As the issues caused by the current energy crisis deepen, sources from the Treasury have said there are no current plans for financial relief in energy-intensive industries.
The statement came after business secretary Kwasi Kwarteng indicated that conversations with the Treasury had begun in an interview with Sky News on October 10th.
This rift between government departments followed a call on the 8th of October. During this conversation, senior figures in industries such as steel and paper met with the business secretary to discuss the spiralling energy costs and ramifications for their businesses. After warnings that factories could be closed within days, the business secretary assured them he would be speaking with the Treasury regarding several proposals to prevent this from happening.
When Kwarteng was questioned on Sky News about whether such conversations had taken place he responded: “I have not asked for billions. We've got existing schemes. I'm working very closely with Rishi Sunak, the Chancellor, to get us through this situation.
"I think he showed a great deal of flexibility when he allowed £500 million to be dispersed by local authorities for vulnerable consumers, and we're working to see what we can do in terms of protecting industry."
Shortly after this however, a Treasury source got in touch with Sky to deny talks were taking place. They also took the opportunity to seemingly take a dig at the BEIS (Department for Business, Energy and Industrial Strategy in the process.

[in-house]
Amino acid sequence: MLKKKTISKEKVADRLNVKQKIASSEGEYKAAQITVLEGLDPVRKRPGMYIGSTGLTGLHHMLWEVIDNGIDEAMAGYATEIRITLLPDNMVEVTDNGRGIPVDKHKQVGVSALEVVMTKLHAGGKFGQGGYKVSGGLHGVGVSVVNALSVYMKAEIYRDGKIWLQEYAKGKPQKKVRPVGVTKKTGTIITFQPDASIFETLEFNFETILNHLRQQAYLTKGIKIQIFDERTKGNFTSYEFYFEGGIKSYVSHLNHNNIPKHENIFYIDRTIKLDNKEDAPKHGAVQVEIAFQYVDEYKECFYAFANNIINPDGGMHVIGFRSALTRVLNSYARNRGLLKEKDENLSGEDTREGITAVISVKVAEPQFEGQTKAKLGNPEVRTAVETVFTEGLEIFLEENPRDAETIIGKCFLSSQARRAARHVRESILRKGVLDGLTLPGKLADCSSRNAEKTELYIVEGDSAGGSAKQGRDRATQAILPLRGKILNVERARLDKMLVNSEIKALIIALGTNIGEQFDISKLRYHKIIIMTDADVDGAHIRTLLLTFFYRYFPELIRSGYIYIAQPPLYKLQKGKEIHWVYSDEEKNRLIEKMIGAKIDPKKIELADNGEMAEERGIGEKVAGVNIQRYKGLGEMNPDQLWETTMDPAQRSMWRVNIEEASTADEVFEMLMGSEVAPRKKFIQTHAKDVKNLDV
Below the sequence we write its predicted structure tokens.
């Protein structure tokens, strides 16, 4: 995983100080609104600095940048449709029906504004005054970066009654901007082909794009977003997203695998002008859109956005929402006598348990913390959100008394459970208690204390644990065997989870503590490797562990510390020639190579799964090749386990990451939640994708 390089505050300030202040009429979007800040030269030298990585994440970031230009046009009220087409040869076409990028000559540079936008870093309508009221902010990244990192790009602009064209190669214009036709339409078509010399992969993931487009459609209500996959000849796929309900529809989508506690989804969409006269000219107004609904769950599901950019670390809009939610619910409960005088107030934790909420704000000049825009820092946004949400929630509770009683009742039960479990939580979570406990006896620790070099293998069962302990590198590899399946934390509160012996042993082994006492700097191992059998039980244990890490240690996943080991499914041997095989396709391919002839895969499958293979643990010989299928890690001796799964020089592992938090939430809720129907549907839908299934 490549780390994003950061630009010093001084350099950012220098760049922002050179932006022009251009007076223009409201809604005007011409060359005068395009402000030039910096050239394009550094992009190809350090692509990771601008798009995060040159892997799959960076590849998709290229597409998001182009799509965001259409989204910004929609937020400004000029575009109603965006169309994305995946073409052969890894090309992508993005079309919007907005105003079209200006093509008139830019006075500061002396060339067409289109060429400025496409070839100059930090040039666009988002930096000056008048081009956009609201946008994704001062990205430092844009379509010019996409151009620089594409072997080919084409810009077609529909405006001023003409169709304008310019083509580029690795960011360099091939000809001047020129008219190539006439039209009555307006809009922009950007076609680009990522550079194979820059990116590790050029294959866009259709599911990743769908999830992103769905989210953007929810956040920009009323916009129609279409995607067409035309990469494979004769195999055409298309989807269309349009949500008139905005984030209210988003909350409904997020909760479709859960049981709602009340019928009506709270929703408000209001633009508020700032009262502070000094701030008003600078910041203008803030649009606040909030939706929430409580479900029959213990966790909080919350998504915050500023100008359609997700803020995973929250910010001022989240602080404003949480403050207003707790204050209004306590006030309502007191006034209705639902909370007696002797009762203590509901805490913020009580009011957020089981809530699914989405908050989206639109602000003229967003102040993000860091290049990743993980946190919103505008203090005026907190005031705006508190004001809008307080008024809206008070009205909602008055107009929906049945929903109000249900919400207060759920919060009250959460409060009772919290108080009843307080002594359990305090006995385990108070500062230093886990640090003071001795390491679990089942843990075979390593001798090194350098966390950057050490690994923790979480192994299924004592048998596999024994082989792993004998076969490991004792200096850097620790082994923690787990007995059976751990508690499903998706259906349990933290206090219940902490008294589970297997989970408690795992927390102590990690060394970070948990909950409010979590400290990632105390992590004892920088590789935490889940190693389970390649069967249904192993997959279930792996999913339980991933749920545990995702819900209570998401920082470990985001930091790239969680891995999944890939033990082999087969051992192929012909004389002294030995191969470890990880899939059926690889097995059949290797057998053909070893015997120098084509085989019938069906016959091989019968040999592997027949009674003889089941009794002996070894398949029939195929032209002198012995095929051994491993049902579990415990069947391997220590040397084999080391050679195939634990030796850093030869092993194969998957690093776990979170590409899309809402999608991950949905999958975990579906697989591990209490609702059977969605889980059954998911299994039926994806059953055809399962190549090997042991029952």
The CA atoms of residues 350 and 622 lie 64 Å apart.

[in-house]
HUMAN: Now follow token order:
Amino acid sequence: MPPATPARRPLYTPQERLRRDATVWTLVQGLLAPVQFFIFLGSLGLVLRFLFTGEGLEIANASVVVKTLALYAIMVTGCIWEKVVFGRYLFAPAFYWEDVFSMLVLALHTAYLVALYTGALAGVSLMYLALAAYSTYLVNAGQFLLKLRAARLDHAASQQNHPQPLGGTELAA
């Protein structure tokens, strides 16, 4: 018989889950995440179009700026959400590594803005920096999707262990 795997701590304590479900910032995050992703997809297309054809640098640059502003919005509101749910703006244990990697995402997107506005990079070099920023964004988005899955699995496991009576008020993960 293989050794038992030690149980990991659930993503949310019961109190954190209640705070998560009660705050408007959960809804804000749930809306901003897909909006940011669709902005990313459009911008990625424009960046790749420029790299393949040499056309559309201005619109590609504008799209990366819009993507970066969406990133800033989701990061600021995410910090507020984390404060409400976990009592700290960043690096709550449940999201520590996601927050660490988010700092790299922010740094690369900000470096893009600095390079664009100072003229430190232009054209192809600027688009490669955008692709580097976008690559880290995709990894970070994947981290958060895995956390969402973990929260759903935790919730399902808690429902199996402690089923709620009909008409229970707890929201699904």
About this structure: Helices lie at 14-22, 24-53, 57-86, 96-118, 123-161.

"This is not the first time the BEIS Secretary has made things up in interviews. To be crystal clear, the Treasury is not involved in any talks”, read a statement from the unnamed source.
The nature of the rebuke indicates that animosity may have been brewing between the two departments for some time. While it’s not uncommon for separate branches of government to butt heads, the nature and timing of the confusion has caused concerns over the handling of the situation.
Downing Street has yet to comment on the misunderstanding. However, Boris Johnson’s spokesperson issued categorical support for Kwarteng, clarifying that both the Treasury and BEIS would “continue to work very closely together, as the public would expect”.
All in all it hasn’t been a great week for Kwarteng. He faced accusations during the Tory conference a few days earlier that he should have acted more promptly to manage the petrol shortages which resulted in huge queues and empty pumps around the country.
With Boris Johnson currently on holiday in Marbella it isn’t immediately clear how or when the current spat will be resolved.
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